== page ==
You’ve likely heard of PMS, but do you know what it stands for? Not to worry, we’ll tell you! Read on to get the scoop on the meaning of PMS.
Bloating, headaches, mood swings, cramps — if one or more of these icky symptoms are far too familiar, then you must be pretty well acquainted with premenstrual syndrome (AKA, PMS).
Welcome to the club, ladies! Research shows that around 90 percent of women of reproductive age experience at least one of the infamous symptoms associated with PMS most months, and about 50 percent of women get several symptoms each month.
Interested in learning more? We can help! Read on to discover everything you need to know about PMS, including its definition, symptoms, and more.
What Is the Definition of PMS?
First things first: What does PMS stand for?
Simply put, PMS is an abbreviation for premenstrual syndrome.
According to the National Library of Medicine, a woman with PMS has recurrent physical and/or psychological symptoms occurring during the luteal phase of the menstrual cycle (the phase that begins after ovulation and ends with the start of menstruation). It often resolves by the end of menstruation.
Defined as a group of symptoms that may be experienced as a result of hormonal changes in the days before a menstrual period begins, PMS affects women to varying degrees in every way imaginable.
What Are the Symptoms of PMS?
PMS may look different from woman to woman. That said, the wide range of common symptoms that are often associated with PMS include:
- Abdominal bloating, gassiness, or weight gain due to fluid retention
- Anxiety or feeling low
- Food cravings
- Increased appetite
- Sleep changes
- Mood swings
- Swollen and tender breasts
- Headache and migraine
- Increase sensitivity to sounds, touch, and light
- Hot flashes or sweats
- Spotty skin
- Greasy hair
- Changes in sex drive
- Difficulty concentrating
- Muscle or joint pain
- Crying spells
- Trouble concentrating
- Social withdrawal
- Back pain
In some cases, PMS is very severe and causes mental or psychiatric, and behavioral changes — this is known as premenstrual dysphoric disorder or PMDD for short. Unlike PMS, PMDD can interfere with daily life to the point where it disrupts employment and relationships.
Recognized in DSM-5, PMDD is classified as a psychiatric disorder whose symptoms are less of the acne flares and belly bloat, but more of the depression, irritability, and mood swings.
Who Gets PMS?
Any woman of reproductive age can get PMS, but some people are more likely to experience symptoms:
- PMS is more common in the late 20s to mid-40s
- PMS may be more severe in the 40s or as a woman approaches menopause
- Women with high levels of stress
- Women who have had at least one pregnancy are typically more prone to PMS
- People with a history of a mood disorder may have more PMS symptoms
- Older teens tend to experience more severe PMS symptoms than younger teens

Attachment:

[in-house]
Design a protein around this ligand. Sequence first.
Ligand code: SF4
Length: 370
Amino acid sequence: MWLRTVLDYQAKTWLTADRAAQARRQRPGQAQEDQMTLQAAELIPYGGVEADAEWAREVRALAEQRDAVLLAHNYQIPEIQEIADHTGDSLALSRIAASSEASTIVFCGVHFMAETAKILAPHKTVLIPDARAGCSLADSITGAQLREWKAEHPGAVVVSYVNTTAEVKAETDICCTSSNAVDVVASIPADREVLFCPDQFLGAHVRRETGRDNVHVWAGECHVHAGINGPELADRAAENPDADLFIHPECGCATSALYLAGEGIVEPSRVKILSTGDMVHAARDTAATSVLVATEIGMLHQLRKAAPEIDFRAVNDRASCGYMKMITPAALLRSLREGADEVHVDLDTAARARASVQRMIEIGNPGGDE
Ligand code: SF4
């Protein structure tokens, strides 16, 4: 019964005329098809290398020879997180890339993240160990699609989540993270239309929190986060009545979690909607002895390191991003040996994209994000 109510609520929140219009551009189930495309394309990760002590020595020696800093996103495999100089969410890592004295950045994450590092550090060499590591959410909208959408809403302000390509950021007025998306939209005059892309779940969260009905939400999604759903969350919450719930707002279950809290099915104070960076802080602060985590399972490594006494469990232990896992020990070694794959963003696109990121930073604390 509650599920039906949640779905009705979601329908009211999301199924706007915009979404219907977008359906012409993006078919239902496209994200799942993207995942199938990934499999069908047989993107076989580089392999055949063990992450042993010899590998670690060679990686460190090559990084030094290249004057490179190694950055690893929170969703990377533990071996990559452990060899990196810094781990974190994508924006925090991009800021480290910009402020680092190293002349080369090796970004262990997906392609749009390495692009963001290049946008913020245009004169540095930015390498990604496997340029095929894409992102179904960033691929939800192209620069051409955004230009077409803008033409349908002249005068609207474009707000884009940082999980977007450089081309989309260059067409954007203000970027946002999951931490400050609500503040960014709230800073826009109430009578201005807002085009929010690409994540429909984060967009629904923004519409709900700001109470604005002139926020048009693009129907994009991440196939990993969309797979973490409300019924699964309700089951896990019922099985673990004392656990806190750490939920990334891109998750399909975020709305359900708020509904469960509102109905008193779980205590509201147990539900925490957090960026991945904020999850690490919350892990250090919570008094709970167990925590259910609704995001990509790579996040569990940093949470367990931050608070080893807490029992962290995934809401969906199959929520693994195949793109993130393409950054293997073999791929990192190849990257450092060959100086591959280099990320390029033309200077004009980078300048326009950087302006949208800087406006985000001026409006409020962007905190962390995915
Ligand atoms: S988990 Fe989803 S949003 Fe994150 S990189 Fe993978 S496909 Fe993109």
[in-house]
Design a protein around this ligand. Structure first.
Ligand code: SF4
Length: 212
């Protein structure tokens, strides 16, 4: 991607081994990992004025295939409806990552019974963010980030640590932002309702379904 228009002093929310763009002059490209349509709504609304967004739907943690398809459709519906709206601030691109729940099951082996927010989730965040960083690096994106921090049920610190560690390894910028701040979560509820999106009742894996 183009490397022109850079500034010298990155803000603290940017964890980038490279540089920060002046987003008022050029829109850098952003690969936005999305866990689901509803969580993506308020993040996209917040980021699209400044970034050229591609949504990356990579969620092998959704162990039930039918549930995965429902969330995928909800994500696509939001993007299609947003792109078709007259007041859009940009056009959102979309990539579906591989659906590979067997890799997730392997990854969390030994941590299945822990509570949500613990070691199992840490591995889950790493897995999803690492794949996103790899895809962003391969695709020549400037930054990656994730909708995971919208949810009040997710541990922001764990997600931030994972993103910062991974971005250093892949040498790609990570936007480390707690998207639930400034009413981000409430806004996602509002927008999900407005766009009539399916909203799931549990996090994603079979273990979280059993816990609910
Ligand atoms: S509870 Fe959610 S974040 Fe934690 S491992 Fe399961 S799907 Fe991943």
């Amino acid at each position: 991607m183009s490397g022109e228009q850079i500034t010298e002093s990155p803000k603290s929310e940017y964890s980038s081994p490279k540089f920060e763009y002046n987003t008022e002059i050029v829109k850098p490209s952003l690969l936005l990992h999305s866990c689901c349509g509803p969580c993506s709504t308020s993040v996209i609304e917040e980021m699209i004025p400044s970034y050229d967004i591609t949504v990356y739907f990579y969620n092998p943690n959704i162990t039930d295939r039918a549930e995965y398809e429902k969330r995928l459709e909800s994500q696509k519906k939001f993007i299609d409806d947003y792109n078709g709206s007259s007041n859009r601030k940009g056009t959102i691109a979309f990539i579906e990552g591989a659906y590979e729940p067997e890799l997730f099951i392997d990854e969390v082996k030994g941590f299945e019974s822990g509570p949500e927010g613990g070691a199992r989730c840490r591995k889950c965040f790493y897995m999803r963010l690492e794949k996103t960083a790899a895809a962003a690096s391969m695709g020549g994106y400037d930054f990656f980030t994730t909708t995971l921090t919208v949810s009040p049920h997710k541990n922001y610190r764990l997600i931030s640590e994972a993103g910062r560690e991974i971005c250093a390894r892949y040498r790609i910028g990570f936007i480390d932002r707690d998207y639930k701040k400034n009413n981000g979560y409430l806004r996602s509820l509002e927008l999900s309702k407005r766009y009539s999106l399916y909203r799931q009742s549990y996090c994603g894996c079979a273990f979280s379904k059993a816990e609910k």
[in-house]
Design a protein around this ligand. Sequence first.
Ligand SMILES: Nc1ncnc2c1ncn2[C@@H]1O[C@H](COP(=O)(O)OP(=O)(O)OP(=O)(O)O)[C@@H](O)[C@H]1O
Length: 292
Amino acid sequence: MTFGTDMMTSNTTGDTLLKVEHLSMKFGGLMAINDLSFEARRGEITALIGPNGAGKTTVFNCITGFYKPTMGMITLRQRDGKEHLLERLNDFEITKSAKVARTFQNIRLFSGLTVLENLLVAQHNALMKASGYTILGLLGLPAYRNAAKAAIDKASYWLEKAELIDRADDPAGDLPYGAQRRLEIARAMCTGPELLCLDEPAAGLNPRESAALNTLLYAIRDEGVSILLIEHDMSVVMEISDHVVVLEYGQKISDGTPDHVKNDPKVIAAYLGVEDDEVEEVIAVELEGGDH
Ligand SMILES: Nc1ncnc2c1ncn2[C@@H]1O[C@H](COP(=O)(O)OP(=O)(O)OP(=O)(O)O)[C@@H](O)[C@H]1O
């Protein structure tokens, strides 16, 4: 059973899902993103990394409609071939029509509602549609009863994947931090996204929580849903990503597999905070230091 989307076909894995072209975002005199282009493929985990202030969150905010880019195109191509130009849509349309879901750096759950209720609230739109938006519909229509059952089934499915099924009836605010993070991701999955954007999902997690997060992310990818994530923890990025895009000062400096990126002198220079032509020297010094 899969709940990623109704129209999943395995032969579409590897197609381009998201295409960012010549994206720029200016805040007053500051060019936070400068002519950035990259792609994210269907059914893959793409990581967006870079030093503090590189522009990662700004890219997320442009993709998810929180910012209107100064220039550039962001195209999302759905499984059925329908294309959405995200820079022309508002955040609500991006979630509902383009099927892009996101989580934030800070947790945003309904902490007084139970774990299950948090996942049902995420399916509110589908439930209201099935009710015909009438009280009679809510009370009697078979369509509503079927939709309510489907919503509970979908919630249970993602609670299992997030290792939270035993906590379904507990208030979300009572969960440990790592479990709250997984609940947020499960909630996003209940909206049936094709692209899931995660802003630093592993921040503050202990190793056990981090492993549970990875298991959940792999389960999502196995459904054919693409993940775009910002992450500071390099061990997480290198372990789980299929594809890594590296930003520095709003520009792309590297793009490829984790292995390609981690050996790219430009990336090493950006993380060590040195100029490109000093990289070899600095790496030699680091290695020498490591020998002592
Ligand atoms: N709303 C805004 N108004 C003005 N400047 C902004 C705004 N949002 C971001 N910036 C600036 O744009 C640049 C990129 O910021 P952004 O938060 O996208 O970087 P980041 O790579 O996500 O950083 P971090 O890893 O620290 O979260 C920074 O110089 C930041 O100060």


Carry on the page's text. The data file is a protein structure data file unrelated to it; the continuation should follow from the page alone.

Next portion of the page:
What Causes PMS?
According to the American College of Obstetrics and Gynecology, researchers aren’t totally sure what causes premenstrual syndrome. That said, changes in hormone levels during the menstrual cycle may play a role. These fluctuating hormone levels may affect some ladies more so than others.
Chemical changes in the brain may also be to blame.
Fluctuations of serotonin — an important neurotransmitter that’s thought to play an integral role in mood states — could trigger PMS symptoms. Experts believe insufficient amounts of this essential brain chemical may contribute to premenstrual depression, as well as food cravings, insomnia, and low energy.
Top Tips to Soothe PMS Symptoms
While there’s no real cure for PMS, there are a number of things you can do to ease your symptoms, such as:
- Eat a clean, well-balanced diet with adequate amounts of calcium, vitamin D, vitamin b6, thiamine, riboflavin, and magnesium.
- Work out regularly — ideally, four to six times per week for 30 minutes.
- Combat stress with tension-reducing activities such as yoga or meditation.
- Talk to your doctor about hormonal contraceptives such as birth control to stop ovulation, which may bring relief from PMS symptoms.
- Consider taking a water pill or diuretic to help the body shed excess fluid.
- Take over-the-counter nonsteroidal anti-inflammatory drugs (NSAIDs) like ibuprofen to ease cramping and breast discomfort.
- Talk to your primary care provider about antidepressants, such as a selective serotonin reuptake inhibitor (SSRI).
- Try herbal supplements such as ginkgo, ginger, chaste berry, evening primrose oil, and St. John’s wort.
- Make an appointment to get acupuncture or a relaxing massage.
- Cut back on caffeine to feel less irritable and tense.
- Get plenty of good quality shut-eye — about seven to nine hours a night.
- Steer clear of alcohol, as it can put a damper on your mood and contribute to breast tenderness.
- Keep yourself sufficiently hydrated by drinking plenty of waater daily.
PMS is an abbreviation for premenstrual syndrome. It refers to the changes in emotions and mood, physical health, and behavior many women experience in the days before their period starts.
Symptoms usually stop once the period begins, but this can vary from person to person. Although researchers aren’t totally sure of the cause, PMS is thought to be related to the changing hormone levels of the menstrual cycle.
The symptoms commonly associated with PMS include acne, anxiety, insomnia, cravings, bloating, constipation, mood changes, and water retention. Thankfully, lifestyle and dietary changes may help PMS sufferers to find relief.
That said, it’s important to keep in mind that the symptoms of PMS may look like other medical conditions, so it’s imperative to speak with a healthcare provider for a proper diagnosis if you suspect PMS.